#mobile #webperf #IOS7 Two! Two connections at the same time, ah ah ah...
Long ago, when the web was young, we (as in the industry) figured out how to multiplex TCP (and later HTTP which we now call message steering) in order to dramatically improve application performance while simultaneously reducing load on servers. Yes, you could more with less. It was all pretty exciting stuff.
Now, at long last, we're seeing the inverse come to life on the client side in the form of Multipath TCP (MPTCP) or, if you prefer a more technically sounding term to confuse your friends and family: inverse multiplexing.
While the geeks among us (you know who you are) have always known how to use both the wired and wireless interfaces on our clients, it's never been something that had real advantages when it comes to web performance. There was no standard way of using both connections at the same time and really, there was very little advantage. Seriously,if you're wired up to at least a 100Mbps full duplex LAN do you really need a half-duplex wireless connection to improve your performance?
But in the case of mobile devices, the answer is a resounding yes - yes I do. Because 2 halves make a whole, right?
Okay, maybe not, but it's certainly a whole lot closer.
THE MAGIC of MULTIPLEXING
Most mobile devices enable you to connect over both wireless radio (mobile) network and a wireless LAN network. Most of the time you're probably using both at the same time without conscious thought. It just does what it does, as long as it's configured and connected.
What it doesn't do, however, is enable an application to use both connections at the same time to connect up to an application. Your application can often use either one, but it is limited to using just one at a time.
Unless you're using an MPTCP-enabled device.
TCP is built on the notion of a single connection between 2 hosts. MPTCP discards that notion and enables a device to seamlessly switch between and/or simultaneously send a TCP connection over multiple interfaces.
Basically, MPTCP splits up a TCP connection into subflows, and is able to (based on the device) dynamically route messages across either of those subflows. This is, you're thinking, perfect for HTTP exchanges which often require a significant number of "sub-requests" for a client to retrieve all the objects required for an given web page/application.
Exactly. You're sending (and one hopes receiving) data twice as fast. Which on a mobile device is likely to be very noticeable.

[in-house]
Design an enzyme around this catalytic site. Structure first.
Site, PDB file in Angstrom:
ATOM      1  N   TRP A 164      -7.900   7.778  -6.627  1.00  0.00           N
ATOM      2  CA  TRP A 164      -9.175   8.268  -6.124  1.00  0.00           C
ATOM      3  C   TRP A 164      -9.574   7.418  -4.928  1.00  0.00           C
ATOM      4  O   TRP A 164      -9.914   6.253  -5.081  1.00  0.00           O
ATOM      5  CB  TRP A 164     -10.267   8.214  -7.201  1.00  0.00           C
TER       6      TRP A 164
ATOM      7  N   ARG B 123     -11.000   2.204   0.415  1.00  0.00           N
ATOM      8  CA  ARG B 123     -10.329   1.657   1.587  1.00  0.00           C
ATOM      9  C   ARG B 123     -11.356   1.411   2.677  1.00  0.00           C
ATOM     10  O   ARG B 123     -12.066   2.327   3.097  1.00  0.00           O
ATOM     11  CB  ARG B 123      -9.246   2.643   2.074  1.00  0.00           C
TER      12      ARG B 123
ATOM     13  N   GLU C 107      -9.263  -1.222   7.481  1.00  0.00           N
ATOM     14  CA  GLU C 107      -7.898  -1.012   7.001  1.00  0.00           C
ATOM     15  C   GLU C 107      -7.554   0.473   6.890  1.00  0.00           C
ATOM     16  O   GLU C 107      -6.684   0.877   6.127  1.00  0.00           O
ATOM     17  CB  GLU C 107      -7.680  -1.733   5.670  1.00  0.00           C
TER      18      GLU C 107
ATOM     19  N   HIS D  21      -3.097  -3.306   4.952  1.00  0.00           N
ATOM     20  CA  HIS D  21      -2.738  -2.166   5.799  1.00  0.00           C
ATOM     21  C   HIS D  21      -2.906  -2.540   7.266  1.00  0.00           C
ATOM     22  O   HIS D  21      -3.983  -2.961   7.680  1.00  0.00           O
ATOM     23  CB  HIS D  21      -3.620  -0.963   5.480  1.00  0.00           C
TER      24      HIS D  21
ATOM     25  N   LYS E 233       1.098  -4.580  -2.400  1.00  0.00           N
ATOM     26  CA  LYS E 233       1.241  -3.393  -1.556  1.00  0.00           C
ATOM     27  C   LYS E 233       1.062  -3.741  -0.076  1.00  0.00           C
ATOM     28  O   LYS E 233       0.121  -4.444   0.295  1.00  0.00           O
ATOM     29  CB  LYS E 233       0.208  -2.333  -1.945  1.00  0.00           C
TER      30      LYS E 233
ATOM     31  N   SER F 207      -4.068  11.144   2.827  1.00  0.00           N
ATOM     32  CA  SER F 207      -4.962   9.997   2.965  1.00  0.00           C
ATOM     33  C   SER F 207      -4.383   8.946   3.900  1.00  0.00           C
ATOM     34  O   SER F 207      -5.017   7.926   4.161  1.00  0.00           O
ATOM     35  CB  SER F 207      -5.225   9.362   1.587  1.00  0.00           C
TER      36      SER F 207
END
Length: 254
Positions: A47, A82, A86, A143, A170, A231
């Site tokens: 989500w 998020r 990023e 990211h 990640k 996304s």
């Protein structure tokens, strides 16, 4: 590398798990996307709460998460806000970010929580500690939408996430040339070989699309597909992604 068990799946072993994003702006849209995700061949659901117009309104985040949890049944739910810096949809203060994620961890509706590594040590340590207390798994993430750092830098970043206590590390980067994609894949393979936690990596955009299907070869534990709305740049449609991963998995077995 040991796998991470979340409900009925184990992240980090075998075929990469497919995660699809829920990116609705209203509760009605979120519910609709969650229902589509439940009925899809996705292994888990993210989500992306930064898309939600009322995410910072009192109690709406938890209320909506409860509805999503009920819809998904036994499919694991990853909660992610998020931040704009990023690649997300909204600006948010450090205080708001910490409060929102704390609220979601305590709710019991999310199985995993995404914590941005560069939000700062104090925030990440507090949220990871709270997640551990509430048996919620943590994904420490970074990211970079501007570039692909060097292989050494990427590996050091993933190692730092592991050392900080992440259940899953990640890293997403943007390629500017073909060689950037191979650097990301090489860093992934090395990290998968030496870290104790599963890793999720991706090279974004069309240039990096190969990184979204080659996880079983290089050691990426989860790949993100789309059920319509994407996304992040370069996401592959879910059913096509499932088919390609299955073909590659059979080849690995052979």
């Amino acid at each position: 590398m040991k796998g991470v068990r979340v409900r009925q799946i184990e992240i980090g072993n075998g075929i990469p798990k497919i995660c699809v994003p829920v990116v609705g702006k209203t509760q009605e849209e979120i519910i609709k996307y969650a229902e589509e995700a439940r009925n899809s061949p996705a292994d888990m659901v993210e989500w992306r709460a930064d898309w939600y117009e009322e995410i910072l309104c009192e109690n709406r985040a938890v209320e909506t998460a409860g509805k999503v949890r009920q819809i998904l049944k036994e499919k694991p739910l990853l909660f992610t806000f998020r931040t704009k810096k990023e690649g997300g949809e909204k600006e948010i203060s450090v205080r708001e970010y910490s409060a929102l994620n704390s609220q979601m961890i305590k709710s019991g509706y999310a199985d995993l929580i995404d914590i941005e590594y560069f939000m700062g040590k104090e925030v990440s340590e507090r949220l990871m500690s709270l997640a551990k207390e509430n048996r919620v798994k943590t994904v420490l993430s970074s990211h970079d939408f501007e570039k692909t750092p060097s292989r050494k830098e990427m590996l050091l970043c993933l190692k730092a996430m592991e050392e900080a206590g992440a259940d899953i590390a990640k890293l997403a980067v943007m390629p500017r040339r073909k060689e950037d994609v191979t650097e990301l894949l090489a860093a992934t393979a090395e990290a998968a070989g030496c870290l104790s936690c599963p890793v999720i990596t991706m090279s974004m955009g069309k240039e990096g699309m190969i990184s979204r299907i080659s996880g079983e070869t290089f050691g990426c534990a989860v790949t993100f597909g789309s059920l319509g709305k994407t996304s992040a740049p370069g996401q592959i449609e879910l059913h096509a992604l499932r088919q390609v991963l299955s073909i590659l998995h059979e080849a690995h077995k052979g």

The problem is (and you knew there was one, didn't you?) that both the client and the host need to "speak" MPTCP to realize its potential benefits with respect to application performance. There aren't a whole lot of implementations at the moment, though one of those being iOS7 is certain impetus for hosts (the server side of all those apps) to get refitted for MPTCP.
Of course, that's unlikely, isn't it? If you're in the cloud, are your hosts MPTCP ready? If you're not in the cloud, is your own infrastructure MPTCP ready?
Like SPDY before it (and there's an interesting scenario - running MPTCP over SPDY) these kinds of protocol enhancements require support on both the client and the server and generally speaking, while organizations want to be able to leverage the improvements in performance (or efficiency or security) they can't justify a forklift upgrade and the ensuing disruption to get there.
Further complicating potential adoption is limited support. Though Apple certainly holds a significant share of the mobile market, it's not the only player and MPTCP is only supported by iOS7 - an upgrade that hasn't been exactly cheered as the greatest thing since sliced bread by the market in general.
Whether MPTCP will gain momentum as iOS7 continues to roll out and other players adopt (and that is not necessarily a given) will be determined not only by application developers desiring (or perhaps demanding) support but by whether or not organizations are able to rapidly roll out support on their end without completely replacing their entire infrastructure.